Links of high interest:

Sunken worlds become visible: the reconstructed Lake Dwellings at Unteruhldingen.

Find more interesting information on the website of the Association Palafitte, and how you can support the UNESCO World Heritage Candidature:

A detailed Online Special about the Stone Age Experiment documented by, the ARD Television Channel:

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Wendelin Knecht with relatives „digging for antiquities“ at the bay of Bodman (1903)

From treasure hunt to eco-archaeology
The pile dwellings over the centuries

In a small bay near Obermeilen at Lake Zurich, the schoolmaster Johannes Äppli discovered during a cold winter when the water level was particularly low, remains of a human dwelling at the lake ground.  Potsherds, axes and bones in between the piles  could be identified by Ferdinand Keller, an archeologist from Zurich, as the remains of prehistoric settlements. He concluded that prehistoric people must have built their dwellings on piles into the lake. His work lead to excavations of the pile dwelling sites, not only in Switzerland, but also in all Circum-Alpine states. The unexpected wealth of finds caused an outbreak of “pile-dwelling fever” – even in Latvia and Ireland, the hunt for dwellings on piles at lakeshores had spurred the interests of archeologists. The beginning of history no longer started in Rome or Athens, but at the lakeshores.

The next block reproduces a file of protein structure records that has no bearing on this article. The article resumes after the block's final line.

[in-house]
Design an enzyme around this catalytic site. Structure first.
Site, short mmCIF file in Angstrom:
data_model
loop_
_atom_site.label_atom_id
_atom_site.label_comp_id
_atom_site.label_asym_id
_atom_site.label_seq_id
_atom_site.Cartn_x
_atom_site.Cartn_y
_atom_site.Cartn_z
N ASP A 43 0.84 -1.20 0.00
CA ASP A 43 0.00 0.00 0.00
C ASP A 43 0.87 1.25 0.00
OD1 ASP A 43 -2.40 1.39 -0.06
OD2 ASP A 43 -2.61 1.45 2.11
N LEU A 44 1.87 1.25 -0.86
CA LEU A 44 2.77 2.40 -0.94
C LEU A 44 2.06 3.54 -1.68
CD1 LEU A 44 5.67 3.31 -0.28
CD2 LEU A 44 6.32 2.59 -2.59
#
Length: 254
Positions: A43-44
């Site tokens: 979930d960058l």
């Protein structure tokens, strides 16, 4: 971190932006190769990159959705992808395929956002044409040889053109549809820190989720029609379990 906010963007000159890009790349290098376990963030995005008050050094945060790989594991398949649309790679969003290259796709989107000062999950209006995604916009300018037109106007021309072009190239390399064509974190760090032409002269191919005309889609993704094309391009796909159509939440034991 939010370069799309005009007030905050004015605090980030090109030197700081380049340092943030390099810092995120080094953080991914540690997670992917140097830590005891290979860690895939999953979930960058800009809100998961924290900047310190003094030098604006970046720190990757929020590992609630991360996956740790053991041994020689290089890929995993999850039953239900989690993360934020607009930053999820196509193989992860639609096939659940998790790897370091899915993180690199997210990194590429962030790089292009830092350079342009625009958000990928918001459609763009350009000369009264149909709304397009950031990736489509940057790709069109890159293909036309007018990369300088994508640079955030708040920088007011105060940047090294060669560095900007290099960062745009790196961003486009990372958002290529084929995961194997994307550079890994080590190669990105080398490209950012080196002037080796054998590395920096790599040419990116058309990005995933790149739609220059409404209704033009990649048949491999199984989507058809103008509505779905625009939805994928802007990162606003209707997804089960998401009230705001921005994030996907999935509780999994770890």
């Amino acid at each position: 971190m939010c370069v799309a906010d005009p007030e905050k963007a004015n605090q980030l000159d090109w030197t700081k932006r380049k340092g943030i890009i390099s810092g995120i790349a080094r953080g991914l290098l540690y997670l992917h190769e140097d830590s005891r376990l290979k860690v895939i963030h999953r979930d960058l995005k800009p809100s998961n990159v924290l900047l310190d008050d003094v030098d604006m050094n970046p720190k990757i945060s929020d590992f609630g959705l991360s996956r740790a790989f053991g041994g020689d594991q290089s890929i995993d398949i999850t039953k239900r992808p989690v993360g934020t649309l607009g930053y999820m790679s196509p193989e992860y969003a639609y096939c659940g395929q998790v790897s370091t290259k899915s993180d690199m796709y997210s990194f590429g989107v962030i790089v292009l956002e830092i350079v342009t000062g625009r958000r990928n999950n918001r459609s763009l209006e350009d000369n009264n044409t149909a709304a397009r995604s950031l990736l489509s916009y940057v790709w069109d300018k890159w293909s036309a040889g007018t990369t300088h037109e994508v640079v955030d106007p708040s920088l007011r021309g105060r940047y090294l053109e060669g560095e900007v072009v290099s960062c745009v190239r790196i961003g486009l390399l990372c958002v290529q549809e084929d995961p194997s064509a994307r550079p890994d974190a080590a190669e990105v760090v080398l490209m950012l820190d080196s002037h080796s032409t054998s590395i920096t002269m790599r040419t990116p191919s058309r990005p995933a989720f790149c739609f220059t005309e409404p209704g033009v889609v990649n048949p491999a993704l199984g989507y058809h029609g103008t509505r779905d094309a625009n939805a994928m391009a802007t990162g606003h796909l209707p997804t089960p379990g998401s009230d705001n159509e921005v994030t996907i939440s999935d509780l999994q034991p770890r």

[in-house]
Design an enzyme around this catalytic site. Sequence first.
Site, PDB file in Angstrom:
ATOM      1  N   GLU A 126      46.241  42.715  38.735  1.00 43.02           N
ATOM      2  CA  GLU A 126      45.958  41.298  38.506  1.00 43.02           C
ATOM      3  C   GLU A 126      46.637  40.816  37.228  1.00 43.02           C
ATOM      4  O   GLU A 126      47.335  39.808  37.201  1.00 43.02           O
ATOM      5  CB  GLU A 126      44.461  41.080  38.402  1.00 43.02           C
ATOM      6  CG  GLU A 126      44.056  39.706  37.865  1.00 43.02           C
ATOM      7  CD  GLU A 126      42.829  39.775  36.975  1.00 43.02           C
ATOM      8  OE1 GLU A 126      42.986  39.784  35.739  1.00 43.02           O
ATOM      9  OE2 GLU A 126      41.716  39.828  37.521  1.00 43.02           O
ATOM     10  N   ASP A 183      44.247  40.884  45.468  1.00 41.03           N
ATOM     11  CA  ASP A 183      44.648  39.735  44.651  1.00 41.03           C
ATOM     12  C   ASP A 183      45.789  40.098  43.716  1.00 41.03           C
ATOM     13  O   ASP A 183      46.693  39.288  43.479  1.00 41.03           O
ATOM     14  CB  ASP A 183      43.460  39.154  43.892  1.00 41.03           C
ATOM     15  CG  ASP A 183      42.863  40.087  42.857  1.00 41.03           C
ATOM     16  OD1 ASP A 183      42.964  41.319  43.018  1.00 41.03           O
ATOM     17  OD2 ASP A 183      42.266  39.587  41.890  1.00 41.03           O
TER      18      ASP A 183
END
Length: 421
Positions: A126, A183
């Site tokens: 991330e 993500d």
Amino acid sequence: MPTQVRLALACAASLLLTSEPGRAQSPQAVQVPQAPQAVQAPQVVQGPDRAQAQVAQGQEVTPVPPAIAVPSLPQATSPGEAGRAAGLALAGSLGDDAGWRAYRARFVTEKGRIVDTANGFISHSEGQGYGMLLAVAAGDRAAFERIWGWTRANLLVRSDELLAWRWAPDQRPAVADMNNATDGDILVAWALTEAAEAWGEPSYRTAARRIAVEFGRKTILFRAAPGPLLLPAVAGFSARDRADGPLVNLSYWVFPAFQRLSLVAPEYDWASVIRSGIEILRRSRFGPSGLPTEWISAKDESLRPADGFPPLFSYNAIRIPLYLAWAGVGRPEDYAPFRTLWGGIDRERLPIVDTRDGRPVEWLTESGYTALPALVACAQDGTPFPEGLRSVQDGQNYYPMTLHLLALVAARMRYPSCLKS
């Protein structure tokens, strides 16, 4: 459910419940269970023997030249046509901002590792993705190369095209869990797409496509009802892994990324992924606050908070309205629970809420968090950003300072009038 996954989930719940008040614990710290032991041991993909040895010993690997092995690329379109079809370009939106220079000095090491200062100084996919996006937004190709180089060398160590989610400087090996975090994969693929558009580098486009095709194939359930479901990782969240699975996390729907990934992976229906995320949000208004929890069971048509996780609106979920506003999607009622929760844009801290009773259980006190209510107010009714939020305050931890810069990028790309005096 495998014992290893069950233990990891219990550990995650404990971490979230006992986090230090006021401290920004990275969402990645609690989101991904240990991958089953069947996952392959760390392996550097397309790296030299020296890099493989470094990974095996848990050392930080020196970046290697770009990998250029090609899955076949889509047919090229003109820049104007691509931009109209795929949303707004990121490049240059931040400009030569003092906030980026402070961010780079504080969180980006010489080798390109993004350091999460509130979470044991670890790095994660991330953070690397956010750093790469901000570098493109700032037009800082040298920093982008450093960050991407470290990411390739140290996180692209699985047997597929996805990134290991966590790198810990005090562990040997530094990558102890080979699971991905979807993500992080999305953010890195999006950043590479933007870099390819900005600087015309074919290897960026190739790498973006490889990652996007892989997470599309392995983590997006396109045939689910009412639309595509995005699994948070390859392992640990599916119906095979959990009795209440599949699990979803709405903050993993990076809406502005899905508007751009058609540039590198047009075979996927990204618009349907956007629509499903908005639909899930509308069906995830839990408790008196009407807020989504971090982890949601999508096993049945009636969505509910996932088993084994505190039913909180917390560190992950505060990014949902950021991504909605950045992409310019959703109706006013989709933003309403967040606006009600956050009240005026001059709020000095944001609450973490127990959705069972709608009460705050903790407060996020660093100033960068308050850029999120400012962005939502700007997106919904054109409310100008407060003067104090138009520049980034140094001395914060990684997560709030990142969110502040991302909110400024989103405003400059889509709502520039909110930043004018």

The first pile dwelling finds could be collected as early as 1856. Discoveries at Bodman followed in 1858. In Unteruhldingen and Sipplingen, the first research was conducted in 1864 und 1865. Soon the first objects found their way to the German cities Stuttgart, Karlsruhe, and Munich and became part of an exchange of archaeological artefacts between St. Petersburg, Berlin, London and Paris. Switzerland presented pile dwelling artefacts 1867 in the World Expositions in Paris. Paintings of artefacts and house reconstructions were shown in the Paris World Exhibition of 1889.

The 20th century was marked by the confrontation with natural-science-related questions. Botany and Zoology as well as dendrochronology (tree-ring dating), provided new insights into the living conditions with new dating methods. It could be concluded that a dramatic lake level rise around 850 BC had forced the lake dwellers to leave the settlement. At the end of the pile dwelling phase, the people had retreated to the Hinterland.

Deep diving research started after 1950 in Unteruhldingen. The method allowed excavating without having to drain the settlement areas and archeological sites. Starting in 1981, aerial archaeology made it possible to document the up to two-hectare large villages, with up to 100 inhabited houses each, from a great distance. The monument preservation worked intensively to collect and record the data about the settlement remains, above and below the lake water. Through the drying-out of the moors and wetlands and the changes of the natural lakeshores, a regression of the substances could be observed. Protective measures like the rewetting and renaturation will help to preserve the resources.